Walk the Line

watkinsglen

I stood at the base of The Esses and took in the perspective of the track from the pavement. Turn 3’s rise seemed much steeper than it looks from the stands, and it banked sharply to the left, with no view over the crest. The huge billboards lining the approach screamed in bold colors and words, so crisp now, but no doubt a blur for drivers taking the turn at high speed. The formidable setting reminded me powerfully of skiing; I had the sense of a landscape moving by quickly, of decisions made in split seconds, and the feel of a body shifting effortlessly from side to side. In either sport, when it’s done right it’s sublime.

Thirty of us – high-performance drivers and a few, like me, tag-alongs with cameras – were walking the track at Watkins Glen International, with former race car driver and driving consultant, Peter Argetsinger. Racing had ended for the day, the track was “cold”, and we were here to learn its secrets. A track walk meant piling into pickups and SUVs and driving to each turn, scrambling out and studying the line and potential hazards, asking questions, and jumping back into our rides to proceed onward toward the finish.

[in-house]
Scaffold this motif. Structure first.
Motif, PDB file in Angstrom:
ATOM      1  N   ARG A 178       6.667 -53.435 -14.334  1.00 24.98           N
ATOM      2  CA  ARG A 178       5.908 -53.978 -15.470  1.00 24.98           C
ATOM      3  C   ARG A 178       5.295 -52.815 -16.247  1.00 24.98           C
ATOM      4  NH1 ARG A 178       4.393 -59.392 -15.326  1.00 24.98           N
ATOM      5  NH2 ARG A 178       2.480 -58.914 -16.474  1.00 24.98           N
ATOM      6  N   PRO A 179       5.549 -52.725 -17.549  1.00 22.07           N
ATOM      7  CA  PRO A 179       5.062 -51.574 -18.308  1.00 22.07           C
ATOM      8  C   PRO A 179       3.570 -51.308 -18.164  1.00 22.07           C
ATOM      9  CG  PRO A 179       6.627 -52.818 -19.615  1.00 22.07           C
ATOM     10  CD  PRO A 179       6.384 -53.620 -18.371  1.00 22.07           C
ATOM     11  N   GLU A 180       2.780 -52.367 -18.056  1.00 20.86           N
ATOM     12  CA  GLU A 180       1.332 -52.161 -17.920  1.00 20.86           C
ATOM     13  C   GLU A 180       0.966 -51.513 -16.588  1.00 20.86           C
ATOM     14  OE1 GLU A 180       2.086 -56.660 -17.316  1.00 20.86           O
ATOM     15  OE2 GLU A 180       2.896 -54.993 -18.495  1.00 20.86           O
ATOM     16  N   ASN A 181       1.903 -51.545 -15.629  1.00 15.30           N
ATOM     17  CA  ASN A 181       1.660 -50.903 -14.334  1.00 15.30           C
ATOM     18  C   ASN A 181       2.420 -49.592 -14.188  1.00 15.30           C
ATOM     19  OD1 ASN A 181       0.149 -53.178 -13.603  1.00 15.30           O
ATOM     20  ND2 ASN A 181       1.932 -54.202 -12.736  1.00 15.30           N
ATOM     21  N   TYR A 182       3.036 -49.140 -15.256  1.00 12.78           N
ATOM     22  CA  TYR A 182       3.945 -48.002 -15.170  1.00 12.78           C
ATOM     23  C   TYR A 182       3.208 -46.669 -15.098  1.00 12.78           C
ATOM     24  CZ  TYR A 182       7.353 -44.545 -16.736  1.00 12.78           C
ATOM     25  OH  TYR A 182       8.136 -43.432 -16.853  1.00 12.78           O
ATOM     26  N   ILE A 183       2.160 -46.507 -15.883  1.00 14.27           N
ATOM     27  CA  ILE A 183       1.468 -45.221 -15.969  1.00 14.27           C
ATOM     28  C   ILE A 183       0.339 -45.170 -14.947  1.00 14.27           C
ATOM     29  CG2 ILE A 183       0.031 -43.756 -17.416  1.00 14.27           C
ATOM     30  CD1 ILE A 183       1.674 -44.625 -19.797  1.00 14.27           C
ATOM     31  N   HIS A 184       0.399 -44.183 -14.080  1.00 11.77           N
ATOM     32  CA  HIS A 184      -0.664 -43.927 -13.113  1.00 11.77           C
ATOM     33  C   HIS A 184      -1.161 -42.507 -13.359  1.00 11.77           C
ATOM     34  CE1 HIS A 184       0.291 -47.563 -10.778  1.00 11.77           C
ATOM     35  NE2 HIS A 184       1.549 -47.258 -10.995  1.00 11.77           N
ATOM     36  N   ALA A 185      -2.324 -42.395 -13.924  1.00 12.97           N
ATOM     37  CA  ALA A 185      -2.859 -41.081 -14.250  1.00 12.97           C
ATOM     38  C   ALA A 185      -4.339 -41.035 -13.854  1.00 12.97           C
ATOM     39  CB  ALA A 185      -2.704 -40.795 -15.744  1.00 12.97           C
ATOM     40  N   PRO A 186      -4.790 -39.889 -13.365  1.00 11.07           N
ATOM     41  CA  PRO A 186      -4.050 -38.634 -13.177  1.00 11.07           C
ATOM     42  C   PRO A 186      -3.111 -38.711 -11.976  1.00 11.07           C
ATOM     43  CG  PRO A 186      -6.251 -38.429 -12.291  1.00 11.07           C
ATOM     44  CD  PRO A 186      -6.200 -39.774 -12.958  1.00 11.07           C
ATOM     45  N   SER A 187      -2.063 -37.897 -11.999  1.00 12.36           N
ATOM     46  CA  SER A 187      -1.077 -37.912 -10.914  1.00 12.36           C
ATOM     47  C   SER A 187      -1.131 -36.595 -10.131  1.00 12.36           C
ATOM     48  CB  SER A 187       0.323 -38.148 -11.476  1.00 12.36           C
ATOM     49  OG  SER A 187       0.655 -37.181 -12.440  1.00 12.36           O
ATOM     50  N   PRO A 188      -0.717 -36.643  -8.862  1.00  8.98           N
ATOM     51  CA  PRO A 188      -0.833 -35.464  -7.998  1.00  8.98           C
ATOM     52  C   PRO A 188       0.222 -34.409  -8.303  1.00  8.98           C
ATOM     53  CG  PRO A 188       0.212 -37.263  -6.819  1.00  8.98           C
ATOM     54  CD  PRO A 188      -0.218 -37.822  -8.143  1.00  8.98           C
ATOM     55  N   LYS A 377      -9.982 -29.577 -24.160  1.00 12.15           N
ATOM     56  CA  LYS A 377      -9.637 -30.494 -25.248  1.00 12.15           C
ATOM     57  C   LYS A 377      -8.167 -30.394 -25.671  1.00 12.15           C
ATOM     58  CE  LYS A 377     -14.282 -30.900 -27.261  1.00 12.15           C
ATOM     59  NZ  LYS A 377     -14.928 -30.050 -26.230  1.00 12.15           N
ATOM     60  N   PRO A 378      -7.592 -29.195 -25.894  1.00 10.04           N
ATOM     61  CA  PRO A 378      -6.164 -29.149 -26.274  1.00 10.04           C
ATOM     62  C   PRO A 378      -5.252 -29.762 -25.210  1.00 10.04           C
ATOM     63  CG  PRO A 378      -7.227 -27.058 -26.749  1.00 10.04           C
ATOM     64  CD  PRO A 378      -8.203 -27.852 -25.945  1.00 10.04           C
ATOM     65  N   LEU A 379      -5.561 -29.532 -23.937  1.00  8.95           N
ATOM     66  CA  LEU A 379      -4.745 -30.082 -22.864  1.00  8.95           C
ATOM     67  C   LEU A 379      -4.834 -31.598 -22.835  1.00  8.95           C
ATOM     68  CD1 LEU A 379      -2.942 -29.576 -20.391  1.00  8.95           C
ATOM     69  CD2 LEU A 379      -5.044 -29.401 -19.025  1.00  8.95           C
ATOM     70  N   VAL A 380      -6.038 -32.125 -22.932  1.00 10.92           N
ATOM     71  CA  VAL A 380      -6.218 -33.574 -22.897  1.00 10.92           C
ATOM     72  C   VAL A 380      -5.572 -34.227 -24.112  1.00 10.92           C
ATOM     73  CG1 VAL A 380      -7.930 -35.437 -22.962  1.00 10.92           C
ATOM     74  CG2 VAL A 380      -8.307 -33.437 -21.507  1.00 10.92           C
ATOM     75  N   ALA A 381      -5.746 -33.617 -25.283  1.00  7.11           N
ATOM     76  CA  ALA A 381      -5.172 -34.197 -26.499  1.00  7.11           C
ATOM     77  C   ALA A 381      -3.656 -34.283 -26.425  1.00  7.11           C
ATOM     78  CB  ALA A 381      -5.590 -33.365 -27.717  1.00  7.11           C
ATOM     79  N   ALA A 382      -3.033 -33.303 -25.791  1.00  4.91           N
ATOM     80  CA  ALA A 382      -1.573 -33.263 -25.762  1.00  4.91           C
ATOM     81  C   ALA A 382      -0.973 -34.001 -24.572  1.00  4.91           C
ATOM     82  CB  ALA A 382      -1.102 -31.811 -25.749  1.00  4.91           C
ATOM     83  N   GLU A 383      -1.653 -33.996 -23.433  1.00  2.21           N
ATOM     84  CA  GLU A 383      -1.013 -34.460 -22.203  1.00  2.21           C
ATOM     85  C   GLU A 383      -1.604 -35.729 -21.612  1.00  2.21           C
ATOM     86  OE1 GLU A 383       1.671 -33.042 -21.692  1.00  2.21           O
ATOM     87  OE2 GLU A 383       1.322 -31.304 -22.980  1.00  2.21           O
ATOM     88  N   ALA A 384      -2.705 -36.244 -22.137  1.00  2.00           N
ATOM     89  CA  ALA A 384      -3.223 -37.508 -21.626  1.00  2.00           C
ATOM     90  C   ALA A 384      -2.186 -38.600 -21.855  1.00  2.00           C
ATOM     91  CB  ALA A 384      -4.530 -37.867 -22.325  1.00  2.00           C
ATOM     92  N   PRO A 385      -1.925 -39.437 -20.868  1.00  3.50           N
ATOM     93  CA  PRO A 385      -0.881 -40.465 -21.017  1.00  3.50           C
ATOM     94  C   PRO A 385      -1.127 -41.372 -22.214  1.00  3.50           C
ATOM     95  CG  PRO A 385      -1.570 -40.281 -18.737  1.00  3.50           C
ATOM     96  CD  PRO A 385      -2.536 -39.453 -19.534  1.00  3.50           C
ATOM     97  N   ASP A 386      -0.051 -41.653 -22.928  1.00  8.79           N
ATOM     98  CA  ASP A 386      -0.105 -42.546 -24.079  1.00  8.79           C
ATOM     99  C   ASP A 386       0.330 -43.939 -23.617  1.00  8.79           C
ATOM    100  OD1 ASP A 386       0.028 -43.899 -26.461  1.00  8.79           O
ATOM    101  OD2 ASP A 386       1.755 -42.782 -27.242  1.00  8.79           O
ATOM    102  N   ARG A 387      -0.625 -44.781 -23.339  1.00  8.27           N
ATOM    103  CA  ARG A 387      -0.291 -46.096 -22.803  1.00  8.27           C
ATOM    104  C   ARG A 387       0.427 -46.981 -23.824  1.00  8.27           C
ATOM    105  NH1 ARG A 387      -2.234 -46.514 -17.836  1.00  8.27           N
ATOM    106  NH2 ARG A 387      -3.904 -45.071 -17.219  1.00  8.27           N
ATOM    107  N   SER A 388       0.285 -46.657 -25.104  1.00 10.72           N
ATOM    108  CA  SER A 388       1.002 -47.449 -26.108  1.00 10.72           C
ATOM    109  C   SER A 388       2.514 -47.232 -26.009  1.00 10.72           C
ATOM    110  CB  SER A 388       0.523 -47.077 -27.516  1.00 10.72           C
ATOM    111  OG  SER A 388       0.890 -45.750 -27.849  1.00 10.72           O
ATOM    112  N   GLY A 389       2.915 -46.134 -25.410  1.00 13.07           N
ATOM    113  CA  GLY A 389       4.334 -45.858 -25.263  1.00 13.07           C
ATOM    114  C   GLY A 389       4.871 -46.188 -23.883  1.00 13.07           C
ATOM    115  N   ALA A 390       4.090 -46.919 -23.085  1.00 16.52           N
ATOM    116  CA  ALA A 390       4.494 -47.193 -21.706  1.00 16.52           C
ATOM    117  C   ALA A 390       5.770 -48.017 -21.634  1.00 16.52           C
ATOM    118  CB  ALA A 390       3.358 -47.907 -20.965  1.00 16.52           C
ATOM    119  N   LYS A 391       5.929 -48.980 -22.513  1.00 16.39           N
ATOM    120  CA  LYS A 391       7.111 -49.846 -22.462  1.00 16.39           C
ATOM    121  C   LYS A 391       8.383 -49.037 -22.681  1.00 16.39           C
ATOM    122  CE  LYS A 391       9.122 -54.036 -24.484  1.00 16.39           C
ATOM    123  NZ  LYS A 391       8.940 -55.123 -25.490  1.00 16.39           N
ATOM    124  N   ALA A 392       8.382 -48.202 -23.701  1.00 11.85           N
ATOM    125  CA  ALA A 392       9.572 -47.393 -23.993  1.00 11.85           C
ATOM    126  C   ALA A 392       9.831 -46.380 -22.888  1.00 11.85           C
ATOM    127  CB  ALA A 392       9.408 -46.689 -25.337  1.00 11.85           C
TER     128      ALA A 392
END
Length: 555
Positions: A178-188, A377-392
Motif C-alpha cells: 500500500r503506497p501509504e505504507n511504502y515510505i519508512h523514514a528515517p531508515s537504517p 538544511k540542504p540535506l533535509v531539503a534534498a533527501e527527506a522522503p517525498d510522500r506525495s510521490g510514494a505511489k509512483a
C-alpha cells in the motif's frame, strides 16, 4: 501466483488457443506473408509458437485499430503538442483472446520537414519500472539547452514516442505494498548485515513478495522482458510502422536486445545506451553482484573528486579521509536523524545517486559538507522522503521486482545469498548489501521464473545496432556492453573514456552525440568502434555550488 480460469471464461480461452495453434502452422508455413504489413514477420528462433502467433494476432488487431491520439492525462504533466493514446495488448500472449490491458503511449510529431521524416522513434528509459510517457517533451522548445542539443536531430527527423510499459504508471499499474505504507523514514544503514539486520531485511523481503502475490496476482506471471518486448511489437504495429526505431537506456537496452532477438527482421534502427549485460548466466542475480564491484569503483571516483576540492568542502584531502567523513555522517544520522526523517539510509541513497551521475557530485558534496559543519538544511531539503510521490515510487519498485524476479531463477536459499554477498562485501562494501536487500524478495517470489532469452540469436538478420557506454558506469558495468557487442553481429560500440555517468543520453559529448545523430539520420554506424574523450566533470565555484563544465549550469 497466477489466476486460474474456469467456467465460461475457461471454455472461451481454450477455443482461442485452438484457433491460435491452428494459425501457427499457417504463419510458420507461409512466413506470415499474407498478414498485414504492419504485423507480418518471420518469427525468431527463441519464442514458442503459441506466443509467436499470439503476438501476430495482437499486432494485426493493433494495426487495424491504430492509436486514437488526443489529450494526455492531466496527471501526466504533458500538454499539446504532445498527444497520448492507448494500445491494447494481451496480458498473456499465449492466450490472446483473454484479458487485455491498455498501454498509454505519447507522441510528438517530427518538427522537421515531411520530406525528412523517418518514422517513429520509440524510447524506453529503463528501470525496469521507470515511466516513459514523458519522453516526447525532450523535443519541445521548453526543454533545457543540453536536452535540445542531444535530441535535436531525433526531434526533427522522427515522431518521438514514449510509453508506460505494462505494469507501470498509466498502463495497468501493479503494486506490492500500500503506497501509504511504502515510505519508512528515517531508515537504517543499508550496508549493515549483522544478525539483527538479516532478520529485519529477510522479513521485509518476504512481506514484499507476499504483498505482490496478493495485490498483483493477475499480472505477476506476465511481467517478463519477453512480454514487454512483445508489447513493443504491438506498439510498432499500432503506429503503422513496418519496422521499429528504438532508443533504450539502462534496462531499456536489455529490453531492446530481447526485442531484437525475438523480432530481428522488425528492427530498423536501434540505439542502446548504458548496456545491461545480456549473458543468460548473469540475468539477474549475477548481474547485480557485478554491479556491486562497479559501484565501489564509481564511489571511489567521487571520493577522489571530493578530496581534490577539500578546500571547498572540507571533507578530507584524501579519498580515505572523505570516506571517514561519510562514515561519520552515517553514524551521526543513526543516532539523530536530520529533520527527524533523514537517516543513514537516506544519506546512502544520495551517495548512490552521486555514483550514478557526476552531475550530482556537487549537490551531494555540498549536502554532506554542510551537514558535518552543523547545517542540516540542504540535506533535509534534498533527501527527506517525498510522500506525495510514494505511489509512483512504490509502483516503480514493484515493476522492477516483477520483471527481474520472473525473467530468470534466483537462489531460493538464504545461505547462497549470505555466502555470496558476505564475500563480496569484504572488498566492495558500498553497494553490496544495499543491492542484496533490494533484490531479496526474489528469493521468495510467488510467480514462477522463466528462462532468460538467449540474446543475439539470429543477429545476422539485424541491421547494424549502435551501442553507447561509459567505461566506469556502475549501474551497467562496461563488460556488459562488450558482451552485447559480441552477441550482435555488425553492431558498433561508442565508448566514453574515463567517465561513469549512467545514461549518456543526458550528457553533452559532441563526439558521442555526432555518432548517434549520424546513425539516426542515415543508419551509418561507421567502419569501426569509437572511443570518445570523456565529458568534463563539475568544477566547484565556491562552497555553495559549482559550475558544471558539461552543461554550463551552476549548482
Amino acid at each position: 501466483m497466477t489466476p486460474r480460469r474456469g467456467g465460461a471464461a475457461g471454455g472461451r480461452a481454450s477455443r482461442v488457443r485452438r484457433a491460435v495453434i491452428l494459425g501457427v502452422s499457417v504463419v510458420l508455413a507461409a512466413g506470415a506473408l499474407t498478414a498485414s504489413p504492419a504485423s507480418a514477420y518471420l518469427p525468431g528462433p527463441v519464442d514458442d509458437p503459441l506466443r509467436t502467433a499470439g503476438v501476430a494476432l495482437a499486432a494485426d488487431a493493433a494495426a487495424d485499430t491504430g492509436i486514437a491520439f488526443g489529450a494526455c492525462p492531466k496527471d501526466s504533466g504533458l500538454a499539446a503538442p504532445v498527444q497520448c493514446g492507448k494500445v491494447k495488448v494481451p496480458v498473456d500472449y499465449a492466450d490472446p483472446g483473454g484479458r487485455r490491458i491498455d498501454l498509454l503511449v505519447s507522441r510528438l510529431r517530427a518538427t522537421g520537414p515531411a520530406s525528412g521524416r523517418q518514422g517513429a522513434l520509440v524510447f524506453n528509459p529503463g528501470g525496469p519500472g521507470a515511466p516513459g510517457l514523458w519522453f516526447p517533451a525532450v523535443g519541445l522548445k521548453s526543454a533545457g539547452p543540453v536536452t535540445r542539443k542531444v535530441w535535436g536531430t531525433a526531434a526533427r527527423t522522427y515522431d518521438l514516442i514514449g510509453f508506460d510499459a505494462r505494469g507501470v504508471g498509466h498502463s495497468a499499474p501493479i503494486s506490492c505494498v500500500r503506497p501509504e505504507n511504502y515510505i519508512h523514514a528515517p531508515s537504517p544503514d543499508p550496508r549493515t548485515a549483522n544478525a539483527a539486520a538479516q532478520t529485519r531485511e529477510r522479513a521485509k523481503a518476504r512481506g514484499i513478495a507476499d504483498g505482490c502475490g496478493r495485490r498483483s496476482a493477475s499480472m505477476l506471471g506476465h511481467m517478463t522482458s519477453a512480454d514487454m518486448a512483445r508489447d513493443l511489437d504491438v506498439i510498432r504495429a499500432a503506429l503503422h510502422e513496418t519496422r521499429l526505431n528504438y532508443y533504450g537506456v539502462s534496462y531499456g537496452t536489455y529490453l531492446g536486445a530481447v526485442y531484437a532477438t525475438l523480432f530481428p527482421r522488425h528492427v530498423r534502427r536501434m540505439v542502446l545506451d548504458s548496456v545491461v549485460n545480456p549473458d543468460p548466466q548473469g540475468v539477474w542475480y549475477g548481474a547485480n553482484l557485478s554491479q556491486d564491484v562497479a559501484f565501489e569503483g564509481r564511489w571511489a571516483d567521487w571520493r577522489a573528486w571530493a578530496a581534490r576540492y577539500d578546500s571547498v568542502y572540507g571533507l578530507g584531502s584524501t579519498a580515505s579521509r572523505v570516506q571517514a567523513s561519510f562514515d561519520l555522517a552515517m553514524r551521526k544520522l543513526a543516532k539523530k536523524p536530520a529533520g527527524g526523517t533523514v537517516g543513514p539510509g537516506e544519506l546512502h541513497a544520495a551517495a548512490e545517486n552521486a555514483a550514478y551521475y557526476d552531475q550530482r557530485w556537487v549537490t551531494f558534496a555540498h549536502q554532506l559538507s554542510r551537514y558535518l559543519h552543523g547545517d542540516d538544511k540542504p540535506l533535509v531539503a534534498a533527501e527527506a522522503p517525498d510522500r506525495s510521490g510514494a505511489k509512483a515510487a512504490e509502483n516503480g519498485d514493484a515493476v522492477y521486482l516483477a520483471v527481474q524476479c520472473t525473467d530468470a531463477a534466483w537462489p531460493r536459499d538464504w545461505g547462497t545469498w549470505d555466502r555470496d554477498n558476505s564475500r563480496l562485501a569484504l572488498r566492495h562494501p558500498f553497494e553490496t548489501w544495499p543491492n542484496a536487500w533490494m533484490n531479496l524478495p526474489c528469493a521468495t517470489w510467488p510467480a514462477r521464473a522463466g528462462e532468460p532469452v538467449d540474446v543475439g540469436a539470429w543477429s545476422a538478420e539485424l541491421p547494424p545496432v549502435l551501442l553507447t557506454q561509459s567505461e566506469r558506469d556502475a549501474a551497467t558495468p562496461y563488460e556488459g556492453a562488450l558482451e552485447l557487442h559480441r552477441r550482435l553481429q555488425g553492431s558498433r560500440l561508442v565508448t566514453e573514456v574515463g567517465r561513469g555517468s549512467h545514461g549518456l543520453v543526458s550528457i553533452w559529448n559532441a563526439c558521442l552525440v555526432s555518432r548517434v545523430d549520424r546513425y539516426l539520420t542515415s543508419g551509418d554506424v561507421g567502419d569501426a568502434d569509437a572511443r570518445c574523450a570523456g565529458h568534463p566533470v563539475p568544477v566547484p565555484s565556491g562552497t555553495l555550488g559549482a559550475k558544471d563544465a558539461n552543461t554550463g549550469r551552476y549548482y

Without the steady whine and hum of sports car engines, the track was eerily quiet. Clouds were gathering like wisps of smoke over our heads, and the setting sun was dragging with it the warmth of the day. Peter’s voice carried over the rolling pavement and park-like infield: “Don’t be afraid to sacrifice speed for balance”, he said, describing this tricky section, one of the toughest in racing.

It’s balance that gets you the quickest lap time, not pushing the accelerator to the floor, losing control, and adjusting to make up for the error. You’re tempted to go full throttle – in racing or in skiing – but it’s balance that takes you over the rise in one piece. It’s speed with balance, in a formula unique to each individual, that produces the perfect run or, if you’ll indulge me, the fulfilled life.

Fear holds us back from reaching our full potential, and in this case it shackles with a subtle twist: we can be afraid of not going full out, because that’s all we know how to do. We think we’re being brave and bold and daring by traveling through life at speed, but that bluster may mask the truth. There’s a fear that if we back off and see the landscape a little more slowly we may lose in some way. We won’t be keeping up.

If you are not afraid, though, sacrificing speed for balance will enable you to learn the track, your track. You’ll read the billboards and use them as markers. Each turn will become a sweet challenge, a chance to apply hard won knowledge in the moment. You’ll ease into the straights and check your mirrors. You’ll be present, and time will slow. Instead of striving to win in every second, you’ll relax into the simple joy of flying around the course.

About Leah Carey

Author, As Simple As Breathing - https://www.amazon.com/author/lcarey

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